Forbes: It’s interesting how your business has grown to support a wide variety of infrastructure and business services in the industry. Forbes is very interested in the future of the digital asset class, which includes but is not exclusive to cryptocurrencies. Where do you see the industry going in the next few years?
Mastery: I think you’re on the money here. I work trying to think about where the world will be three years from now and modernize my business to accommodate that point in the future. Consider central bank digital currencies (CBDCs). There are very compelling reasons for central banks to issue their own digital currencies. For example, you don’t need to touch or physically move it, you can deal with black markets and corruption, and provide real-time accounting. More importantly, if you take physical money out of the system, you can charge negative interest rates. There are eight central bank currencies on the way, two of which are almost alive in China and the Bahamas, one obviously more important than the other.
Forbes: Do you think the CBDCs will step up the battle to determine the future global reserve currency?
Mastery: There is an interesting dynamic playing out in the world of CBDCs. China’s digital currency is going to be formidable, and the United States is going to be forced to respond. It could take the form of a digital dollar or a trade war.
Forbes: How do you think this shift to CBDCs will impact traditional financial infrastructure?
Mastery: The most interesting aspect of CBDCs is the impact they will have on commercial banks and the financial system as a whole. Today, central banks issue currencies to a large number of commercial banks like Chase and Bank of America. These banks do two things: create products and services such as mortgages and deal with end users. I think we are entering a new paradigm where central banks issue CBDCs, commercial banks cease to exist and the service layer is filled with new crazy emerging companies like Compound Finance, Uniswap, SushiSwap and people who are really distributed, decentralized finance is made today. Then the final interesting layer is who actually faces the consumer. You can already see that there are several choices. Coinbase would like to reach all users, just like Binance, but probably not in America. You have wallet infrastructures like Blockchain.com that already have 50 million wallets in circulation.
Having said that, you could also get incumbents. Samsung is now putting chips in phones, which essentially makes them hardware wallets. Amazon could offer a digital wallet. Whoever has this level down is critical.
Forbes: I don’t need to tell you that discussing or predicting the demise of commercial banks is a strong statement. Can you develop this thought?
Mastery: I think the old world is lumpy in the sense that asset splitting is much heavier than in the digital world. Stocks improve sometimes, but gold and real estate aren’t really splittable. So, it’s lumpy and too meddled. You buy an ETF; I can give you 12 service providers between you and your asset that are not really necessary. The old world is also heavily centralized, which stifles innovation because you can’t just walk into that wall and change anything.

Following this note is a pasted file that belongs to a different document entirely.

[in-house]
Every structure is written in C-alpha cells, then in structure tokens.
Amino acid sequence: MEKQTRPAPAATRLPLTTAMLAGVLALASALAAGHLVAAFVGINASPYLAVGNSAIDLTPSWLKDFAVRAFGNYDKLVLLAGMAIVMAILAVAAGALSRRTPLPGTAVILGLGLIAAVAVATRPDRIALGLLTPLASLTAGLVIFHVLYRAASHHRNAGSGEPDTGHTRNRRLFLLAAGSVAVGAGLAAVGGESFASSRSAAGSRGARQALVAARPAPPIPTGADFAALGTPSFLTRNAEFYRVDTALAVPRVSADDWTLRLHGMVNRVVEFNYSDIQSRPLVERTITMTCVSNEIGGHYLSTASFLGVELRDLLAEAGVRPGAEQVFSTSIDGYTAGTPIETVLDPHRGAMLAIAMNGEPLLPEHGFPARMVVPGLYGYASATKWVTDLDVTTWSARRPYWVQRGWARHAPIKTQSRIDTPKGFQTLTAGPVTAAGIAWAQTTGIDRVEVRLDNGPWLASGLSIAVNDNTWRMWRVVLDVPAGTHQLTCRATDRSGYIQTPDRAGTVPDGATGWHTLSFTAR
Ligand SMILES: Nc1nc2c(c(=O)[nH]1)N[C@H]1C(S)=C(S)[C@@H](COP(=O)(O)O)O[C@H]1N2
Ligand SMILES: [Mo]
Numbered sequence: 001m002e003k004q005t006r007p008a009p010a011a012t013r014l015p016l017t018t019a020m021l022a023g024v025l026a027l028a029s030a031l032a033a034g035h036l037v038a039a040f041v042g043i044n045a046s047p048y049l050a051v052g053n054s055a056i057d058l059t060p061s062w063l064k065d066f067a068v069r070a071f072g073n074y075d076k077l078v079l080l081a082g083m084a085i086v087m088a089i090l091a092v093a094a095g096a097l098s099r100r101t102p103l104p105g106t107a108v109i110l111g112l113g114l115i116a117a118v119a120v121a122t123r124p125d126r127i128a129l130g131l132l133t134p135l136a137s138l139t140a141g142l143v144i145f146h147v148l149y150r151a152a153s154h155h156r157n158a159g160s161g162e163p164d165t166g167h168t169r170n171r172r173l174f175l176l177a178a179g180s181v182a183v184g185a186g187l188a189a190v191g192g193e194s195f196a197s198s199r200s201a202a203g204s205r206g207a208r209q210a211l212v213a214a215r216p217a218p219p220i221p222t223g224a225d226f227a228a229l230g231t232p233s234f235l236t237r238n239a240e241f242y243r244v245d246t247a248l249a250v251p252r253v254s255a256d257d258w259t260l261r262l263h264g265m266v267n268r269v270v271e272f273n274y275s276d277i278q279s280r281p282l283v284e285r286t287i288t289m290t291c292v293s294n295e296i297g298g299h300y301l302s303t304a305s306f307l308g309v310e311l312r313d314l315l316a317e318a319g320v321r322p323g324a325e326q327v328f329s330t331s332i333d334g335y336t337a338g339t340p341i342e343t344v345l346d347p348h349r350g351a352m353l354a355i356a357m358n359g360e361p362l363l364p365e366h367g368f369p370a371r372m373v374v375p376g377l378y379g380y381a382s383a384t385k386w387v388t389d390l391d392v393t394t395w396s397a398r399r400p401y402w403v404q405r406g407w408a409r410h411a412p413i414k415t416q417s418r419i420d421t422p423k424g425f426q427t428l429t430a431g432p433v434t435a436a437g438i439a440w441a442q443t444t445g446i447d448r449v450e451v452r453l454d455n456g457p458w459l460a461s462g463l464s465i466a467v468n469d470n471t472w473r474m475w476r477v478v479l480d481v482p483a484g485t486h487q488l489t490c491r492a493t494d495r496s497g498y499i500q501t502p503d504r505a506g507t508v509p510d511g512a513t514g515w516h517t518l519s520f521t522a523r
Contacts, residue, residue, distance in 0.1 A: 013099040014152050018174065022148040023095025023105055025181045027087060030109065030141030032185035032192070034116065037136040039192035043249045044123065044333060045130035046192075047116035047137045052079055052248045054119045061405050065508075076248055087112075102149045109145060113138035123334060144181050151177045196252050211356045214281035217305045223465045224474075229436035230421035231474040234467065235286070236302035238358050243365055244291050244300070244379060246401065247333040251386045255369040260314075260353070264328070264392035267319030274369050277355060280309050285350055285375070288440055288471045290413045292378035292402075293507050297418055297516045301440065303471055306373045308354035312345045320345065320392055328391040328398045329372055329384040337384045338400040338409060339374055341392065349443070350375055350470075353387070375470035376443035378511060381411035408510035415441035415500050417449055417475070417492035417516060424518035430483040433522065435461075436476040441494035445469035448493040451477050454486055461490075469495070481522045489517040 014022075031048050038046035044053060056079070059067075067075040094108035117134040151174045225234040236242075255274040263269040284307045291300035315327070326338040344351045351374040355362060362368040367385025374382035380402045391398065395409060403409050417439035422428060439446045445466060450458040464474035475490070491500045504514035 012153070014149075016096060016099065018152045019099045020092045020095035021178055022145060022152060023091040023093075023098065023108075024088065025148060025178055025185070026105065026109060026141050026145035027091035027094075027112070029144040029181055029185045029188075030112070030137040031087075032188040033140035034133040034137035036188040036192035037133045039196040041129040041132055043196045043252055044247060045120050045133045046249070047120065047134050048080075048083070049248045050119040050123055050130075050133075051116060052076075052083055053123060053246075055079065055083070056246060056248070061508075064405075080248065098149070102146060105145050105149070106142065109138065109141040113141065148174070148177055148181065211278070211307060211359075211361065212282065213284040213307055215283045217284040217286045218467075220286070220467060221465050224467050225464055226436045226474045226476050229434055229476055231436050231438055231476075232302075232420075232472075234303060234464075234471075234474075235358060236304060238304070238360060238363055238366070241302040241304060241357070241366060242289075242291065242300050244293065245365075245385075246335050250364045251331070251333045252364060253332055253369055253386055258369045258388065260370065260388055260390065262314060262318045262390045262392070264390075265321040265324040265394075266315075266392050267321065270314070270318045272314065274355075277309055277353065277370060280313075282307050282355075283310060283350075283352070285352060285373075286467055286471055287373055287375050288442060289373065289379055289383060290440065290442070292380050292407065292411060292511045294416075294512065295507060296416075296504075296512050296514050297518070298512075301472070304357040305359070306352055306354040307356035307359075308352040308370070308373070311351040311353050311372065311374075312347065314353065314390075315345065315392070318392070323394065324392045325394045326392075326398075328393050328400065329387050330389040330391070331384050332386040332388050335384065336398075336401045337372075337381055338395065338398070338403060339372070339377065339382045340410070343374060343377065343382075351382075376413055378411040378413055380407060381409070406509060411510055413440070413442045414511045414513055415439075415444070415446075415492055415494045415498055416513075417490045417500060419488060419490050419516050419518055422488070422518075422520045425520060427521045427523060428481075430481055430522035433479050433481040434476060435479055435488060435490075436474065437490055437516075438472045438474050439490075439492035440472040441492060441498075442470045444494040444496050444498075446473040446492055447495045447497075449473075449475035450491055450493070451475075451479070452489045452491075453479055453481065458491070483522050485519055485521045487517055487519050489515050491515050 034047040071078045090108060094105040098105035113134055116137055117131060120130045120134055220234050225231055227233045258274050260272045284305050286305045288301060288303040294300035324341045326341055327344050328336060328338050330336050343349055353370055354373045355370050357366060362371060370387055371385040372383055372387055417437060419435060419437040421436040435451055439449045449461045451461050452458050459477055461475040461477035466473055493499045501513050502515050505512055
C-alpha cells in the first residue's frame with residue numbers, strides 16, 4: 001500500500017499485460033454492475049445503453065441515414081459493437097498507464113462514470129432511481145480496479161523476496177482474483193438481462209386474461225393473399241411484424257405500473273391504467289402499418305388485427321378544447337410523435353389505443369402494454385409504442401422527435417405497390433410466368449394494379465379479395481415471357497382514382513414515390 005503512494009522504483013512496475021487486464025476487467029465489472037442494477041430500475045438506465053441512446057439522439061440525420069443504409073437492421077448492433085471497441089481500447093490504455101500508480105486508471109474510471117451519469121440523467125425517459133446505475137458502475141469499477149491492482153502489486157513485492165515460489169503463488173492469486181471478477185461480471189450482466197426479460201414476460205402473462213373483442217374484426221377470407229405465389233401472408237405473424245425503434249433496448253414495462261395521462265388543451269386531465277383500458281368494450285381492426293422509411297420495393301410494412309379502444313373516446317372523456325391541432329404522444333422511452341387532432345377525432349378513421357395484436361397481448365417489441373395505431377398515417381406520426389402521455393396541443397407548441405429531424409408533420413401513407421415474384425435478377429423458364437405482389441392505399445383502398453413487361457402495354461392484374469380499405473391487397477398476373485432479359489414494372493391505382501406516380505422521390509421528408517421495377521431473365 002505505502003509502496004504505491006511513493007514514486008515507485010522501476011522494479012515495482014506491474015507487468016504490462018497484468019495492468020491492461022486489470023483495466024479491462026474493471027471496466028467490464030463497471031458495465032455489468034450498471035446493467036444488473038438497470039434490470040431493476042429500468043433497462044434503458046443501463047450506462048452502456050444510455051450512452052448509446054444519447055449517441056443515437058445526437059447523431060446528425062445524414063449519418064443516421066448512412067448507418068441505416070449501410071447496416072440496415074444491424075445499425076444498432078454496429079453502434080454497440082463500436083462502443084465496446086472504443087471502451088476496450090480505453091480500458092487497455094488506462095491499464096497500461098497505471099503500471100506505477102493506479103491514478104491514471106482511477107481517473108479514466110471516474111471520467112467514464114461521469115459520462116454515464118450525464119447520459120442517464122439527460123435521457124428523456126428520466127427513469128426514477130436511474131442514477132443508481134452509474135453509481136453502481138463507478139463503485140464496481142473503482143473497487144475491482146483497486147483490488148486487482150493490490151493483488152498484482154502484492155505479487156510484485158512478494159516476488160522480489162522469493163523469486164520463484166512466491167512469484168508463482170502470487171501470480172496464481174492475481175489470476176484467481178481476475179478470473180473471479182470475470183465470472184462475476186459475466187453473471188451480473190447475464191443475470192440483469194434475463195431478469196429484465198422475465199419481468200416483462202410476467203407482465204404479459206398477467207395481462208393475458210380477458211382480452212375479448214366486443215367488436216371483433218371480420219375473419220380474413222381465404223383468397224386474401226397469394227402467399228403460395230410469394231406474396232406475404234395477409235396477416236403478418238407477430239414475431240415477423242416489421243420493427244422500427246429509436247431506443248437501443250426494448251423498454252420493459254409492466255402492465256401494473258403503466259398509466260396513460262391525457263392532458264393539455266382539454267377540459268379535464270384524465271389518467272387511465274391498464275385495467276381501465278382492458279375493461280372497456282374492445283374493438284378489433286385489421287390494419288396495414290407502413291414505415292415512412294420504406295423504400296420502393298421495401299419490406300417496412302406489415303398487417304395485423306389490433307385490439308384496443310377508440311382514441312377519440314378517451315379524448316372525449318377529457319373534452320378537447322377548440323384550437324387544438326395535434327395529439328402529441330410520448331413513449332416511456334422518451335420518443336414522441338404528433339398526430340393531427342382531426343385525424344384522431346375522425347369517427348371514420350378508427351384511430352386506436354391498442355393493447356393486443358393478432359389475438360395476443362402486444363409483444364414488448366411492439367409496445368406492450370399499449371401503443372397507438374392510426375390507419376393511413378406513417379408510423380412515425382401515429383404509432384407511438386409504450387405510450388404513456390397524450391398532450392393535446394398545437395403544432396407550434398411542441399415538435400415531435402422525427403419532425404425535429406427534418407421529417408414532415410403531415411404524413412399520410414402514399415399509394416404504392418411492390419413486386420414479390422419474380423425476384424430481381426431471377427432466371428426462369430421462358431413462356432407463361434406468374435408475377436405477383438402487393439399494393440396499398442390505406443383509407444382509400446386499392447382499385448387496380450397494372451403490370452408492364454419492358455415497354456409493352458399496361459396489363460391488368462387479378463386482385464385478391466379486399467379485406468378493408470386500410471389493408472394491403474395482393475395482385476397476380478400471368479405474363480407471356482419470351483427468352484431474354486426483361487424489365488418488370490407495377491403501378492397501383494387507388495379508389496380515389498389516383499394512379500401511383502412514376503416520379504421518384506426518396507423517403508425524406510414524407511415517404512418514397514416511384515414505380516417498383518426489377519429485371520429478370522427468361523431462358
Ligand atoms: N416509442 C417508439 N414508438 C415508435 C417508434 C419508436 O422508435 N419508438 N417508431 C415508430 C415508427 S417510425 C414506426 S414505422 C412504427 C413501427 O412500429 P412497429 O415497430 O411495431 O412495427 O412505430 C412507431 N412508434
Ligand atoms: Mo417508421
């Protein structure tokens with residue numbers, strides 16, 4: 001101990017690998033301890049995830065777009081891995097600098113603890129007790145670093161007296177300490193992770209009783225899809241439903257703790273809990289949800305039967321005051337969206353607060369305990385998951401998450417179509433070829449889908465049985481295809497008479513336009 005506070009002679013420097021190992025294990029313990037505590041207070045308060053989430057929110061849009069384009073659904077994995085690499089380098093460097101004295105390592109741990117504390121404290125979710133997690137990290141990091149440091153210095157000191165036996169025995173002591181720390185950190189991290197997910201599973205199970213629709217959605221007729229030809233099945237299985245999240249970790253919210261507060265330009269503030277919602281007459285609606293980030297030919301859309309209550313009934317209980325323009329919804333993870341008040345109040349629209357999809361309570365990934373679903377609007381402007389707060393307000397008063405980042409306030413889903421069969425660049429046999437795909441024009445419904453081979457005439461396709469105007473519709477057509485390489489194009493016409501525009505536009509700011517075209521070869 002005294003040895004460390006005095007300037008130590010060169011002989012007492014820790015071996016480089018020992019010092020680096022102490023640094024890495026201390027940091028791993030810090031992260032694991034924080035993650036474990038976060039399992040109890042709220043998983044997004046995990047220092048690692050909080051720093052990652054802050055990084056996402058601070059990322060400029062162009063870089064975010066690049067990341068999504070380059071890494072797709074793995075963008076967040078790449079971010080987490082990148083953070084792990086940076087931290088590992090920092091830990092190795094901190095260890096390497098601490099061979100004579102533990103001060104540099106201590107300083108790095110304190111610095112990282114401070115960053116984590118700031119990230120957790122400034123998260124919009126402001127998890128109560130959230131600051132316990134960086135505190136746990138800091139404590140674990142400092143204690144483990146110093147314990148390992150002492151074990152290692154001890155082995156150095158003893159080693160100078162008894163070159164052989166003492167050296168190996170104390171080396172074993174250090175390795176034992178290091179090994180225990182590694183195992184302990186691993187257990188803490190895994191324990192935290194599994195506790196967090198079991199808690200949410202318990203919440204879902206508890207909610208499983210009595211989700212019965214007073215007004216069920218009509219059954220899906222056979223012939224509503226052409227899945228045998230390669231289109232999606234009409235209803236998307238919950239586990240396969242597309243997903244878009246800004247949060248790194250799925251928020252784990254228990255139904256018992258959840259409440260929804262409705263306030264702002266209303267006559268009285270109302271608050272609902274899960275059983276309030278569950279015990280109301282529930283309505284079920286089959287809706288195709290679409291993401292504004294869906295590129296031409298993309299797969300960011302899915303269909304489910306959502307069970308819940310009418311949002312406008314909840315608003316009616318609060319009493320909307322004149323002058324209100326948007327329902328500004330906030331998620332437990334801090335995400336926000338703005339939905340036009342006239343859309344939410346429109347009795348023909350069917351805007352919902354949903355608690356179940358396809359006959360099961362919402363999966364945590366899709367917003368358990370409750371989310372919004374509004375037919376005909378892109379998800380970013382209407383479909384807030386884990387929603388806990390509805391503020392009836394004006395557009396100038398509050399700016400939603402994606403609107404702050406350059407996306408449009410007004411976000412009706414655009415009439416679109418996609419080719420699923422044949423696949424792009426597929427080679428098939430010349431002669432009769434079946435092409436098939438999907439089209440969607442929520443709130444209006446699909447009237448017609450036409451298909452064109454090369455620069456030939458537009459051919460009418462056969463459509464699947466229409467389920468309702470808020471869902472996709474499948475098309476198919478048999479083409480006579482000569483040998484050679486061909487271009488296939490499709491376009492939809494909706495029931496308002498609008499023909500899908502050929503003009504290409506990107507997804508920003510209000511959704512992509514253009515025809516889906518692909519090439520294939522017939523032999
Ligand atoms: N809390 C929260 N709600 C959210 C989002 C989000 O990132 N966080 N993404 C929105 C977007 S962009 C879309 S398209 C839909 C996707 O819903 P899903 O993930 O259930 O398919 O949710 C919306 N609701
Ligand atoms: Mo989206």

There is a migration underway to the new world of capital, talent and even the regulatory mindset. For example, people need to stop worrying that every bitcoin transaction promotes some kind of terrorist activity, which it doesn’t. This migration started slowly, but it is happening faster now. The place we come to will be the tokenization of everything, and that will be catalyzed when central banks understand that. In her inaugural speech, Christine Lagard (President of the European Central Bank) spent 15 minutes talking about stablecoins. If everyone has a digital wallet and CBDCs, which aren’t backed by anything anyway, are in order, then all of a sudden bitcoin looks great. It will take on the role that gold played in regards to legacy silver, and all other digital assets will be put in place. The middle layer, the service layer, will become much more automated, technological and democratic, and the terminal layer will become a real struggle.
Forbes: Do you think what you’re doing is in direct competition with commercial banks in general?
Mastery: I think I would flatter myself at this point to say that. But really, when I see things on a regular basis, like Compound Finance, a decentralized peer-to-peer lender with $ 1 billion in assets under management, you have to be careful. There are so many brilliant innovations going on. Today, borrowing and lending can be done seamlessly, remotely and autonomously on the chain. It’s much better than doing it with Citigroup. It means something. It’s Netflix at Blockbuster, it’s just Blockbuster hasn’t figured out what Netflix is ââdoing yet.
Forbes: Thanks for your time.